Here are some of the latest health and medical news
developments, compiled by the editors of
Obama Administration Appeals Judge's Order Banning Stem Cell
The Obama Administration on Tuesday filed an appeal against a
federal judge's order supporting a ban on federally funded
embryonic stem cell research.
The appeal, filed by the Justice Department with the U.S.
District Court in the District of Columbia, asks Judge Royce
Lamberth to revisit the restraining order he put in place last
Associated Press reported.
In his ruling, Lamberth responded to a lawsuit claiming that the
government is contravening a law prohibiting the use of tax dollars
for work involving the destruction of a viable embryo.
Scientists nationwide have expressed alarm that the halt on
federal funding will interrupt valuable stem cell research aimed at
fighting neurological diseases and other disorders.
Cough Medicine Ingredient May Get New Restrictions: FDA
Restrictions on a cough medicine ingredient are being considered
by the U.S. Food and Drug Administration in order to combat growing
On Tuesday, the agency posted its review of dextromethorphan, an
ingredient in more than 100 over-the-counter medications. The FDA
said that inappropriate use of the drug for its euphoric effects
was associated with nearly 8,000 emergency room visits in 2008, an
increase of more than 70 percent from 2004, the
Associated Press reported.
High doses of dextromethorphan can cause fever and boost blood
pressure and heart rate.
"Because of the drug's perceived safety, ease of availability, and desired psychoactive effects, it is sought after by those seeking to alter their mental state," according to the FDA review, the AP reported.
On Sept. 14, an FDA panel of outside experts will meet to
discuss whether dextromethorphan should be available only by
prescription. The FDA typically follows the advice of these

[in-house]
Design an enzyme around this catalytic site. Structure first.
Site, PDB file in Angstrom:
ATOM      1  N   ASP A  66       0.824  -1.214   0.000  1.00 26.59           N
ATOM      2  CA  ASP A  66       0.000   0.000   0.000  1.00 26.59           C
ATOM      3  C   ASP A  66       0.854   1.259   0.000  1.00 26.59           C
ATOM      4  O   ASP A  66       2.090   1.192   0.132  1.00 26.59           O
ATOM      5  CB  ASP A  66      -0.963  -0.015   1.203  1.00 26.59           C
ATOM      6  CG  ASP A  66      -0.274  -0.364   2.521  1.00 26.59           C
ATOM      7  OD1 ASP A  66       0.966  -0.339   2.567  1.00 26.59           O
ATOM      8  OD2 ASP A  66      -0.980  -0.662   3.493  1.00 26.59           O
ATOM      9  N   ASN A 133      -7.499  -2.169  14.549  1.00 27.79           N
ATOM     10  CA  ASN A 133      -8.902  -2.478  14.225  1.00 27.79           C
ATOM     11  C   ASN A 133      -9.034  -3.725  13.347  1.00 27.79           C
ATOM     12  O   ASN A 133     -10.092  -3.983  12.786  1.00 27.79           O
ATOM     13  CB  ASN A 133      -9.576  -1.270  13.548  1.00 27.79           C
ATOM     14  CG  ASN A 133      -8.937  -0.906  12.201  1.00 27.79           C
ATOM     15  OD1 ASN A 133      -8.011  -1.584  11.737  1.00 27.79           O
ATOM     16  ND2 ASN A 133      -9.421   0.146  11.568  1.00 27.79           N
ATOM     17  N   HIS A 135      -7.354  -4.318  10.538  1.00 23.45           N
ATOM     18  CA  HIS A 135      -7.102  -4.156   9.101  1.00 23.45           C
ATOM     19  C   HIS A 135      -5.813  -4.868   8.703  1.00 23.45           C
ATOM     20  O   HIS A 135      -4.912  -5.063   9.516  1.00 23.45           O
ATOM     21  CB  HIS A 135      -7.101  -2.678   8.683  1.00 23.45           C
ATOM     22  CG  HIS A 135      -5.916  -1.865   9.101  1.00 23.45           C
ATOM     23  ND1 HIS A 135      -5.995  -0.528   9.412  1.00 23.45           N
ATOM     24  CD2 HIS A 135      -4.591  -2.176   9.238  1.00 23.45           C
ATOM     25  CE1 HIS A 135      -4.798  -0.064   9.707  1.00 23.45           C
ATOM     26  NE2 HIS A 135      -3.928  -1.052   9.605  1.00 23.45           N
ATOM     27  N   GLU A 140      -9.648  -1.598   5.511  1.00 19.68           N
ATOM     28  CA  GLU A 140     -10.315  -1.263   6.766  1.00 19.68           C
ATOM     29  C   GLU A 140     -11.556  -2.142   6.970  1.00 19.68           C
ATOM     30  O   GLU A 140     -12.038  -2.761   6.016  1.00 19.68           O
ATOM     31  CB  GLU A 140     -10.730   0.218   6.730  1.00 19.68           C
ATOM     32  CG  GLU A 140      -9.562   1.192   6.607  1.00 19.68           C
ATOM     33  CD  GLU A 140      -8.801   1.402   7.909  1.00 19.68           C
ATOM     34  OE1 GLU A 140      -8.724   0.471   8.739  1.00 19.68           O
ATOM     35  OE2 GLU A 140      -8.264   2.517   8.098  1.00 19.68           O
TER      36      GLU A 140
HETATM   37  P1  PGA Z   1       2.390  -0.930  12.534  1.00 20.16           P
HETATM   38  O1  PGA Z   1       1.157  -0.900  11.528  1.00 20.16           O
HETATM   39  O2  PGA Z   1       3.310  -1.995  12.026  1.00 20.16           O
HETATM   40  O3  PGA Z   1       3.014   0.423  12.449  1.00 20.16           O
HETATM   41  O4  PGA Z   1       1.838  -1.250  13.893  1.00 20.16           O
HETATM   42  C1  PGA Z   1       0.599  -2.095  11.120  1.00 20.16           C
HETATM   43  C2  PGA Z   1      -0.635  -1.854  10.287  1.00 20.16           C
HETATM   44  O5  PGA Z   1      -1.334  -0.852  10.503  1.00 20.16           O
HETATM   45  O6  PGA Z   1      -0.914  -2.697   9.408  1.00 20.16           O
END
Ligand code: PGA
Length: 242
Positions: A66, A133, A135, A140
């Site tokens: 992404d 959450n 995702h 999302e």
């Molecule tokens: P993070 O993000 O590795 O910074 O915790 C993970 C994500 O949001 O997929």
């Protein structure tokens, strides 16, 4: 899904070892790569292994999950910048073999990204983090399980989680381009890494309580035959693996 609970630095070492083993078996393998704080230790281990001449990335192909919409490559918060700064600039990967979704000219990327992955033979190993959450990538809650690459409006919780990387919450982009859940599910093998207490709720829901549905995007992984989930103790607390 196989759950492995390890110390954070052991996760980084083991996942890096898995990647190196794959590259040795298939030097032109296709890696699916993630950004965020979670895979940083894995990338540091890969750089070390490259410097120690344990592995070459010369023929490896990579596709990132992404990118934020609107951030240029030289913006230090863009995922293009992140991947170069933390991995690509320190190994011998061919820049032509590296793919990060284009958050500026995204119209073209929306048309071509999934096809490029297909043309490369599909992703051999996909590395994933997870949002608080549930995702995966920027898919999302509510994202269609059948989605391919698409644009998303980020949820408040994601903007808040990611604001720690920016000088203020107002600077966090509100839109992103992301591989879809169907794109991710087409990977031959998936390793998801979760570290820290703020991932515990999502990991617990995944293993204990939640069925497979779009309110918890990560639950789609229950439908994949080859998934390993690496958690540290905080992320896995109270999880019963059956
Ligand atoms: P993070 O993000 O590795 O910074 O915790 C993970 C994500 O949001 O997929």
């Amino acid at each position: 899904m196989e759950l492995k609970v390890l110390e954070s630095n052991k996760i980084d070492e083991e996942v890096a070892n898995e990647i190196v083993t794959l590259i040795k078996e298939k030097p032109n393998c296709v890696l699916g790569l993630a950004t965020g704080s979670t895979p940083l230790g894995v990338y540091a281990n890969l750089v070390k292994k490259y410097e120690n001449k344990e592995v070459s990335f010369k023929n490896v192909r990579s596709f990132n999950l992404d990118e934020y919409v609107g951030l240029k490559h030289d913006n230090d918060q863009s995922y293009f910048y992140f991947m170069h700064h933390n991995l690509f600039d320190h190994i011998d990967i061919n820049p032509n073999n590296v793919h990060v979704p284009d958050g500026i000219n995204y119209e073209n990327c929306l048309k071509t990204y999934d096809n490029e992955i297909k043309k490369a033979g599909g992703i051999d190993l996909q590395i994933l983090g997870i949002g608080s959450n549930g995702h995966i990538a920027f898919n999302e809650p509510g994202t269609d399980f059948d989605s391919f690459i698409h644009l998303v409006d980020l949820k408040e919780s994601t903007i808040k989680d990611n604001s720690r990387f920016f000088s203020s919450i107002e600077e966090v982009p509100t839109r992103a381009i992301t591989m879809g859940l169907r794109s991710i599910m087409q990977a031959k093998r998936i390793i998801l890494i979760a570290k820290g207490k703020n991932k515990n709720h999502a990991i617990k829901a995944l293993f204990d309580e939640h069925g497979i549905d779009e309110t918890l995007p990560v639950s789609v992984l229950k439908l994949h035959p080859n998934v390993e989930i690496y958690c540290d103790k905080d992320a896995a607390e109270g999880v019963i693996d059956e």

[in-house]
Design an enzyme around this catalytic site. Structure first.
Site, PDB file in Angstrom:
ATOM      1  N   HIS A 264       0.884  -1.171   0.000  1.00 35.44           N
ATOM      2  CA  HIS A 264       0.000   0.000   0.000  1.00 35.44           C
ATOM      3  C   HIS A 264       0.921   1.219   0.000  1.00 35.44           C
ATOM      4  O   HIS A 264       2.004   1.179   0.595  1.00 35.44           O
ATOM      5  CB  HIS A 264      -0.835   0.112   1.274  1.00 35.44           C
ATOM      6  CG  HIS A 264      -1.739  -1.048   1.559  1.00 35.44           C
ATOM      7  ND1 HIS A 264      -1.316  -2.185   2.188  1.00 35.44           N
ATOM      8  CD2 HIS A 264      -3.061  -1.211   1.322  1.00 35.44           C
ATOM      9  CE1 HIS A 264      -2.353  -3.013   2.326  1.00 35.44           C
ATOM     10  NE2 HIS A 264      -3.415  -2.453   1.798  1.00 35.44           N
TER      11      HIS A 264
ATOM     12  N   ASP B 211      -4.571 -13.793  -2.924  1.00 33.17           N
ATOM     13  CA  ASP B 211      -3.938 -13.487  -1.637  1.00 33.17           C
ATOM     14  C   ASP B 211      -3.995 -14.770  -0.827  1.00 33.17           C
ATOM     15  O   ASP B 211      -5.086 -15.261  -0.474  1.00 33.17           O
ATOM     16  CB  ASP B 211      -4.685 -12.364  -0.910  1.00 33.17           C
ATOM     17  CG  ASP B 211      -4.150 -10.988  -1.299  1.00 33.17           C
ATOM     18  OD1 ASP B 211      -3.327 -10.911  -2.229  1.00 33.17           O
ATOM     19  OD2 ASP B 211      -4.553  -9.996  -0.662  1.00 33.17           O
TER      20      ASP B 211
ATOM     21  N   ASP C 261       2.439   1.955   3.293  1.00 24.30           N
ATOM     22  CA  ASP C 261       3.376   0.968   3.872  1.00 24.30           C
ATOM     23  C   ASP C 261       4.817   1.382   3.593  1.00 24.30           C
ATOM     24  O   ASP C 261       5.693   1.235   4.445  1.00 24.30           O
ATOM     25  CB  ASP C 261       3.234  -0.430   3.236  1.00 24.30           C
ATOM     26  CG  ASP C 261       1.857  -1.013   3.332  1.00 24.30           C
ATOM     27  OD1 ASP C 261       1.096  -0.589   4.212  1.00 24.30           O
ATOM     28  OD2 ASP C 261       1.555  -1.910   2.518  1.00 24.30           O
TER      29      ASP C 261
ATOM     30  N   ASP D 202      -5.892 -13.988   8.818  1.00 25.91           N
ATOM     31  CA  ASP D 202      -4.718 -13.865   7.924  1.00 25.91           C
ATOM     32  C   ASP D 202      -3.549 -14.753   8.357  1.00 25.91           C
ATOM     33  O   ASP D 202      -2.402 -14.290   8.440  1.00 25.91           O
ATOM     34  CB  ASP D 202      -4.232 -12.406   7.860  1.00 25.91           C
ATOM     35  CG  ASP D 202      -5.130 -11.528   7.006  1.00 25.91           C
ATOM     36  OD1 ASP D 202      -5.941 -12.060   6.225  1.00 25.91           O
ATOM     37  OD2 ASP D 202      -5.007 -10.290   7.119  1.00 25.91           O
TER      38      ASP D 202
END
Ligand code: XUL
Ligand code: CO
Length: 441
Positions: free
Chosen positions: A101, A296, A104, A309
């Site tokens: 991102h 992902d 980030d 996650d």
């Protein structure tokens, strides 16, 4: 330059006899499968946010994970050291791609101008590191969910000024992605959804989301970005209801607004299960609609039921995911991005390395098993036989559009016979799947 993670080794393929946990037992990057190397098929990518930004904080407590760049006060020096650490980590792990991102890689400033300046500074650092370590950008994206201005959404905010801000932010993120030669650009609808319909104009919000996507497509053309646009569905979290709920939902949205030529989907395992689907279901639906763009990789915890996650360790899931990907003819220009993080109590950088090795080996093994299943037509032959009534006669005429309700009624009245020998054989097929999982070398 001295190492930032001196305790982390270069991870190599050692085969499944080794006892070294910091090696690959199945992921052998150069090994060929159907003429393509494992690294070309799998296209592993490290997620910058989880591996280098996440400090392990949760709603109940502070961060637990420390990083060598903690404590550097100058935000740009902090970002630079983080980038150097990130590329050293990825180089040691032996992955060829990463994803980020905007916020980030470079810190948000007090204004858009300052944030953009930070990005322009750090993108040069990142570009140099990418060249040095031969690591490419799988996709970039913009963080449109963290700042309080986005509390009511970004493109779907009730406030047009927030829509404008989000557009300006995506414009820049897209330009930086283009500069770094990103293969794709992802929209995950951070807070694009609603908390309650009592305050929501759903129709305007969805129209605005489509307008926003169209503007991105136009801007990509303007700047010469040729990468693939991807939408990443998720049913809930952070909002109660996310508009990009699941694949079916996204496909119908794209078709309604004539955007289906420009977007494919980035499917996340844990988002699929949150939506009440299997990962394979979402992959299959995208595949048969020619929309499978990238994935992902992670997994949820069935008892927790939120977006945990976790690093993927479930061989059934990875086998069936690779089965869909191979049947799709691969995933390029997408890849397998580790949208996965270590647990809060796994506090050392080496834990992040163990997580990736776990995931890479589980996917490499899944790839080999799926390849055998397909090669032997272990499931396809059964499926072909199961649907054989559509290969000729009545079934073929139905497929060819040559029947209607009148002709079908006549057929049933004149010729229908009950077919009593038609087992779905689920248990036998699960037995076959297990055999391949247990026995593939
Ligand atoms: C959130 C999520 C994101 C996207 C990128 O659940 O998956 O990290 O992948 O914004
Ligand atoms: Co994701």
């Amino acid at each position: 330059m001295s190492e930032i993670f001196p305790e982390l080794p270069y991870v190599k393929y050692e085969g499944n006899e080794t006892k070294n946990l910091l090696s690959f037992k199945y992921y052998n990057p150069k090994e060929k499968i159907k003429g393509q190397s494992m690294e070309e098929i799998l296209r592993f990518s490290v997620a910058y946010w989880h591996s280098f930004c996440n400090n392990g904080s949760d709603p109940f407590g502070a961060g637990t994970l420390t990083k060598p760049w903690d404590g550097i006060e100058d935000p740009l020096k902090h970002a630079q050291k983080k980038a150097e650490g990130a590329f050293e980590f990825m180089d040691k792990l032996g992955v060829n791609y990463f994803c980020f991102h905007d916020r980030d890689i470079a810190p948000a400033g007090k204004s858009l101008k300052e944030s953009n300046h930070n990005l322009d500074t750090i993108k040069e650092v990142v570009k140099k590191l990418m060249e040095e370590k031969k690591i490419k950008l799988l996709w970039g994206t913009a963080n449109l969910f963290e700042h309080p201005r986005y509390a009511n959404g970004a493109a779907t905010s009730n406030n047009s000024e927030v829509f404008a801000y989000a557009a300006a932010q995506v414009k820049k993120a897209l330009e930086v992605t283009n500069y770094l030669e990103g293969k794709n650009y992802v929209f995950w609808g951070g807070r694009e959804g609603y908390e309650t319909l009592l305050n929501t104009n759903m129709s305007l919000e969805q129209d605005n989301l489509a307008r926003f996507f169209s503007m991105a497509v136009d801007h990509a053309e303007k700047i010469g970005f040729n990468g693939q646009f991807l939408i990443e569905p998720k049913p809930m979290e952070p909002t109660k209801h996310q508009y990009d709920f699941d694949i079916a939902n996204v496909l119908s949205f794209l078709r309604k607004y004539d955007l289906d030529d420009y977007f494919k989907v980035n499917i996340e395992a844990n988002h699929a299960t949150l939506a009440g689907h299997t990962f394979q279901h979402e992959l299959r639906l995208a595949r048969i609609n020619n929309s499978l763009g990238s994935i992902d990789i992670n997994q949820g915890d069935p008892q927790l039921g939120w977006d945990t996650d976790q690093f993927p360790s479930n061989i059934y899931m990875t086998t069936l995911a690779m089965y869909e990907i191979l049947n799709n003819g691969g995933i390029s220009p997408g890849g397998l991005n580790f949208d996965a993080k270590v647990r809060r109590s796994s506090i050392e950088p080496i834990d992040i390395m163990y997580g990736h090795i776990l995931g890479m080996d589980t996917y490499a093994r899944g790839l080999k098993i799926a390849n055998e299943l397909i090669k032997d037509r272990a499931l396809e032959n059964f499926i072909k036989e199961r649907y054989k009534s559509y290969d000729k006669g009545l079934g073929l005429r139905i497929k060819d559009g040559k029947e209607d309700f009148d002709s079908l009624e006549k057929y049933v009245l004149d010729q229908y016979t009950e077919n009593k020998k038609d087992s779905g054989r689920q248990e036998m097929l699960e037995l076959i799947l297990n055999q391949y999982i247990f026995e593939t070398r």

Diabetes Top Reason for Vietnam Vets' Health Claims
Diabetes is the leading cause of Vietnam veterans' health
compensation claims, according to U.S. government documents.
They show that about 270,000 of the one million Vietnam vets
receiving disability checks are getting compensation for diabetes,
according to the
Associated Press, which obtained Department of Veterans Affairs records through the Freedom of Information Act.
The number of vets being compensated for diabetes is greater
than for any other condition, including general wounds, hearing
loss or post-traumatic stress disorder.
Worries about the effects of the defoliant Agent Orange are the
reason why so many Vietnam veterans are being compensated for
diabetes, even though decades of research have failed to find any
firm link between Agent Orange and diabetes, the
The VA also pays compensation for a number of other common
age-related ailments with a possible link to Agent Orange. And the
VA said this week that it plans to add Parkinson's disease, heart
disease and certain types of leukemia to the list of health
problems that might be associated with Agent Orange.
Restaurant Portions Too Large: Study
Americans who eat at chain restaurants often get super-sized
portions even if they order a single entree or regular-sized meal,
finds a new study.
Researchers at the Center for Science in the Public Interest
examined the size of menu items at a number of fast food
restaurants and other popular food outlets and found that many
hamburgers, steaks, bagels and pasta entrees are at least two times
larger than the federal government's definition of a serving,
USA Today reported.
"The super-sized portions are super-sizing our bodies," said Bonnie Liebman, the nutrition director at the Washington, D.C.-based consumer group. "With two-thirds of adults and one-third of kids obese or overweight, you'd think restaurants would shrink their portion sizes, but they haven't."
"Eating half of what the restaurant serves is often just about right. Half is the new whole," Liebman advised, USA Today reported.
The study appears in the September issue of
Nutrition Action HealthLetter.
Support For Health Care Law Declines: Poll
Support for the new U.S. health reform law fell from 50 percent
in July to 43 percent now, according to the August Kaiser Family
Foundation's Health Tracking Poll.
About 45 percent of respondents in the latest poll said they
have an unfavorable view of the new law.
The new figures show a return to the even split in opinion last
seen in May before a slight increase in support during June and
The latest poll found that 29 percent of respondents believe
that they and their families will be better off under the new law,
compared with 32 percent in July and 28 percent in June. Thirty
percent said they expect to be worse off (29 percent July, 28
percent June), and 36 percent believe the new health law won't make
much difference (33 percent July, 39 percent June).
Currently, 39 percent believe the new law will benefit the
nation and 37 percent say it will have a negative effect, compared
with 43 percent vs. 35 percent in July and 42 percent vs. 32
percent in June.